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Hasenbank v. State

United States District Court, D. Nebraska

August 12, 2015

HEATHER HASENBANK, Plaintiff,
v.
STATE OF NEBRASKA, CPS, RYAN MARTIN, and DALE WEIS, Defendants.

MEMORANDUM AND ORDER

JOHN M. GERRARD, District Judge.

This matter is before the court on its second pre-service screening of Plaintiff Heather Hasenbank's Complaint (Filing No. 4). In this pre-service screening, the court will consider the allegations raised in Hasenbank's Complaint and also those raised in her supplemental pleadings (Filing Nos. 5, 9, 10, 11, and 13). Liberally construed, Hasenbank alleged facts in her pleadings setting forth that Defendant Ryan Martin and others removed Hasenbank's children from her home on March 7, 2014, without a court order and in the absence of exigent circumstances. ( See Filing No. 11 at CM/ECF pp. 11-12.) For relief, Hasenbank seeks $4.9 million. (Filing No. 13 at CM/ECF p. 5.) For the reasons that follow, the court will allow this action to proceed to service of process against Ryan Martin in his individual capacity and dismiss this action as to Hasenbank's claims against the State of Nebraska, CPS, and Dale Weis.

I. APPLICABLE LEGAL STANDARDS ON INITIAL REVIEW

The court is required to review in forma pauperis complaints to determine whether summary dismissal is appropriate. See 28 U.S.C. § 1915(e). The court must dismiss a complaint or any portion of it that states a frivolous or malicious claim, that fails to state a claim upon which relief may be granted, or that seeks monetary relief from a defendant who is immune from such relief. 28 U.S.C. § 1915(e)(2)(B).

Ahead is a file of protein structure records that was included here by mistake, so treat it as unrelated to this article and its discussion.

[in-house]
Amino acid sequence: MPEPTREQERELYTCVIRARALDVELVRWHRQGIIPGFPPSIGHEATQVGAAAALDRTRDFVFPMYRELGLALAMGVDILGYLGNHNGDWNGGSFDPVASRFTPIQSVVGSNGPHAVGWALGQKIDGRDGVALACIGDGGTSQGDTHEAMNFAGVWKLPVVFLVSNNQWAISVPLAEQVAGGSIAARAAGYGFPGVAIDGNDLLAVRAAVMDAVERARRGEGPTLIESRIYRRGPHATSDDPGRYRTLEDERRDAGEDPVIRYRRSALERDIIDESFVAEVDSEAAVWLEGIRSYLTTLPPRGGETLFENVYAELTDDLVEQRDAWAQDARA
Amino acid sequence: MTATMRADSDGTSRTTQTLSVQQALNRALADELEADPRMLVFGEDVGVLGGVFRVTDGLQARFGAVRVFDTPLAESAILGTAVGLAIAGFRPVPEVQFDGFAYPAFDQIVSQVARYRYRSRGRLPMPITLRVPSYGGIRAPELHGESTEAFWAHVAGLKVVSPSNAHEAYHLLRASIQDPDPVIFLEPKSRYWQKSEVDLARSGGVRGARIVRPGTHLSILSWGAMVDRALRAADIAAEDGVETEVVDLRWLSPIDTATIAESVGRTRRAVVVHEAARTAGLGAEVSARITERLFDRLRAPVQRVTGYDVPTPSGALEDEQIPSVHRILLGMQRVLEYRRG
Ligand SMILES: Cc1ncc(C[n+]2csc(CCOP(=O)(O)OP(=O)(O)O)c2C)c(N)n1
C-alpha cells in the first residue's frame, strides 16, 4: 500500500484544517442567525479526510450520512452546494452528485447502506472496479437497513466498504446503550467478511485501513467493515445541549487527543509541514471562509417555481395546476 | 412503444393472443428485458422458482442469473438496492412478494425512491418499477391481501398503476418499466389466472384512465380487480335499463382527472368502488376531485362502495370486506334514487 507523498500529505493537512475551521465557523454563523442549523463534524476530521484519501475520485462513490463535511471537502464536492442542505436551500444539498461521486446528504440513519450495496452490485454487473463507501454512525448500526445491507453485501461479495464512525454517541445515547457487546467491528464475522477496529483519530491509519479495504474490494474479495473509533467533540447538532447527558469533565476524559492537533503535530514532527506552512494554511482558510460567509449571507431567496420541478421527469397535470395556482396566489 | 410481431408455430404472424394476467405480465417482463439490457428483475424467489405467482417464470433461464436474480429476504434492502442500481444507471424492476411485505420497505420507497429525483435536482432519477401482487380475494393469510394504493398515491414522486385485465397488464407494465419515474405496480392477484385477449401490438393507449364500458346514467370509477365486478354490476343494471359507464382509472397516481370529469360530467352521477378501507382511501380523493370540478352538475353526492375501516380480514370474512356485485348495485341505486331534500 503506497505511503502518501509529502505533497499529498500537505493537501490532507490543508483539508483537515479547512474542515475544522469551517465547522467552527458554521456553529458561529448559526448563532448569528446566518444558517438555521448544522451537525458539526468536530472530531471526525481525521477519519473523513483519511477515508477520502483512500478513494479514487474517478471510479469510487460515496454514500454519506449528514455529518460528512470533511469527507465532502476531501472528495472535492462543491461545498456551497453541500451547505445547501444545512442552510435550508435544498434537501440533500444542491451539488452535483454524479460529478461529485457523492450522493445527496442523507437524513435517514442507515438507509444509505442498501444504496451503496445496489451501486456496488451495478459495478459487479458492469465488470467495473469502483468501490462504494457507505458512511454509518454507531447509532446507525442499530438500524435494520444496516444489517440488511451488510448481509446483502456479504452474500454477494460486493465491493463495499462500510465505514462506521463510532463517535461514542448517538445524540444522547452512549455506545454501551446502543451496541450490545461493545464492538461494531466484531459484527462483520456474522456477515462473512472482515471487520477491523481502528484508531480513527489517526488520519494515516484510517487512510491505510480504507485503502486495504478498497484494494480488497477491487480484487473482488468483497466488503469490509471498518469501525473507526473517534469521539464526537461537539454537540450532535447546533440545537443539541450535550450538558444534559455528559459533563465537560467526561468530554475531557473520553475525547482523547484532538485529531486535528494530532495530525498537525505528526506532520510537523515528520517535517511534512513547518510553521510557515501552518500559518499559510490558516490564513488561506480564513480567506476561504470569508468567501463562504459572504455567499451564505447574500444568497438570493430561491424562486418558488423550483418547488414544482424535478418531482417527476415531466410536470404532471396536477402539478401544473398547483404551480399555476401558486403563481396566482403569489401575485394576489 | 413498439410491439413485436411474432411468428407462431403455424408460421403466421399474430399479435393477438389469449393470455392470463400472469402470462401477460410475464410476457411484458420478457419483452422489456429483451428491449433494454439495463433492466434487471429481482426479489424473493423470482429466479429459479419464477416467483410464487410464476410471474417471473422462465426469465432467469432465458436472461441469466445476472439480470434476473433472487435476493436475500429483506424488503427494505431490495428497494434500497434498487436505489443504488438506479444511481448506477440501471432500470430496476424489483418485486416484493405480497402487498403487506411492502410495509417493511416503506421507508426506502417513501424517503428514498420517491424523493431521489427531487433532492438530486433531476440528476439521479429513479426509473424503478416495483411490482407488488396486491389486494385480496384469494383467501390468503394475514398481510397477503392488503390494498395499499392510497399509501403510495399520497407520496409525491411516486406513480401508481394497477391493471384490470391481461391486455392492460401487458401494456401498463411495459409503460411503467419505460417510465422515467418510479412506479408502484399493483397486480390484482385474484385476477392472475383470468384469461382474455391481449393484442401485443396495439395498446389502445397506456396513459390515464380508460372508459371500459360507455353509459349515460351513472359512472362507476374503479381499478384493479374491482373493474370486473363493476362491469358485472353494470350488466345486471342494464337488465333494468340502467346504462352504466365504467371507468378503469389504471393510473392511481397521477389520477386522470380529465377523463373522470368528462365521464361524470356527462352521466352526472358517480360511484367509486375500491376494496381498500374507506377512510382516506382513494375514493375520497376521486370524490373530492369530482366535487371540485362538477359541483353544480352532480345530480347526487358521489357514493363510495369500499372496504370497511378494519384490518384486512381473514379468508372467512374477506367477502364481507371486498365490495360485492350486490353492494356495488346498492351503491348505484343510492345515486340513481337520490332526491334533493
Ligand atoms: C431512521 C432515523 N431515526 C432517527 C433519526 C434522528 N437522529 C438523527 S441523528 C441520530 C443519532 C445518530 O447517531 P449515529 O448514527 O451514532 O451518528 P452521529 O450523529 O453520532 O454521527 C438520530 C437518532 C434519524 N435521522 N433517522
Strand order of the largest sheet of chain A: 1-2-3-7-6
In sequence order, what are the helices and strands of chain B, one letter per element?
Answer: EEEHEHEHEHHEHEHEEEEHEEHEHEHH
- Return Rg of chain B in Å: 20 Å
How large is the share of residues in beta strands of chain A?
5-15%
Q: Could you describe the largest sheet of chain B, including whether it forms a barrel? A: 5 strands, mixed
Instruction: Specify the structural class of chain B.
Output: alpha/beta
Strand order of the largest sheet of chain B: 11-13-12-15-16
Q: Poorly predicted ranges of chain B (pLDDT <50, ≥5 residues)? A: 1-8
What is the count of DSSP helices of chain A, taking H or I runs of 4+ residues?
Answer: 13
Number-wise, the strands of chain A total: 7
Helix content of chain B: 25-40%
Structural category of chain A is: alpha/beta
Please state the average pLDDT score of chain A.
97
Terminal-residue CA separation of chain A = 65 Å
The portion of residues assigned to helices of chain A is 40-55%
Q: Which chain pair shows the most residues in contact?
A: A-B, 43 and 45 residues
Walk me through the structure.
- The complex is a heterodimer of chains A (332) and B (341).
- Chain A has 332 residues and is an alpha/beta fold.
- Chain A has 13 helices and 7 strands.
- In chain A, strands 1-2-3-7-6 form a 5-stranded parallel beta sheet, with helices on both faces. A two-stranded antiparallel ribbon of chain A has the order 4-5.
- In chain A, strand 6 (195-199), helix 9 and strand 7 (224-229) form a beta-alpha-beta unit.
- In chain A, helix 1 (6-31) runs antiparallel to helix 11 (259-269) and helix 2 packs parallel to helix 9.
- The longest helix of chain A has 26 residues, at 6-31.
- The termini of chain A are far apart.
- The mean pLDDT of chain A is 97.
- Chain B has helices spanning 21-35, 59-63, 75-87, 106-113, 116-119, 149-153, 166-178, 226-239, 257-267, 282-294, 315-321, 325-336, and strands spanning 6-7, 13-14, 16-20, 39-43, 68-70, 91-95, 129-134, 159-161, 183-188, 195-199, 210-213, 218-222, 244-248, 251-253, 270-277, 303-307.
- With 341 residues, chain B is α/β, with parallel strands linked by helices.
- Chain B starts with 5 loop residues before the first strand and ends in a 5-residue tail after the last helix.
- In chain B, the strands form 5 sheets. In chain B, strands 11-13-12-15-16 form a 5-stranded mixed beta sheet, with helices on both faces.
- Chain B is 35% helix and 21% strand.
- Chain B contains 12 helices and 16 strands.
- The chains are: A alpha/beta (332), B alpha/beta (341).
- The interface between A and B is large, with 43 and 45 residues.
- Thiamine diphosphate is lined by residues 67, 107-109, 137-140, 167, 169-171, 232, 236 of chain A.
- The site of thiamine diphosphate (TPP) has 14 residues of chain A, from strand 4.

Pro se plaintiffs must set forth enough factual allegations to "nudge[] their claims across the line from conceivable to plausible, " or "their complaint must be dismissed." Bell Atlantic Corp. v. Twombly, 550 U.S. 544, 569-70 (2007); see also Ashcroft v. Iqbal, 556 U.S. 662, 678 (2009) ("A claim has facial plausibility when the plaintiff pleads factual content that allows the court to draw the reasonable inference that the defendant is liable for the misconduct alleged.").

"The essential function of a complaint under the Federal Rules of Civil Procedure is to give the opposing party fair notice of the nature and basis or grounds for a claim, and a general indication of the type of litigation involved.'" Topchian v. JPMorgan Chase Bank, N.A., 760 F.3d 843, 848 (8th Cir. 2014) (quoting Hopkins v. Saunders, 199 F.3d 968, 973 (8th Cir. 1999)). However, "[a] pro se complaint must be liberally construed, and pro se litigants are held to a lesser pleading standard than other parties." Topchian, 760 F.3d at 849 (internal quotation marks and citations omitted).

Liberally construed, Plaintiff here alleges federal constitutional claims. To state a claim under 42 U.S.C. § 1983, a plaintiff must allege a violation of rights protected by the United States Constitution or created by federal statute and also must show that the alleged deprivation was caused by conduct of a person acting under color of state law. West v. Atkins, 487 U.S. 42, 48 (1988); Buckley v. Barlow, 997 F.2d 494, 495 (8th Cir. 1993).

II. DISCUSSION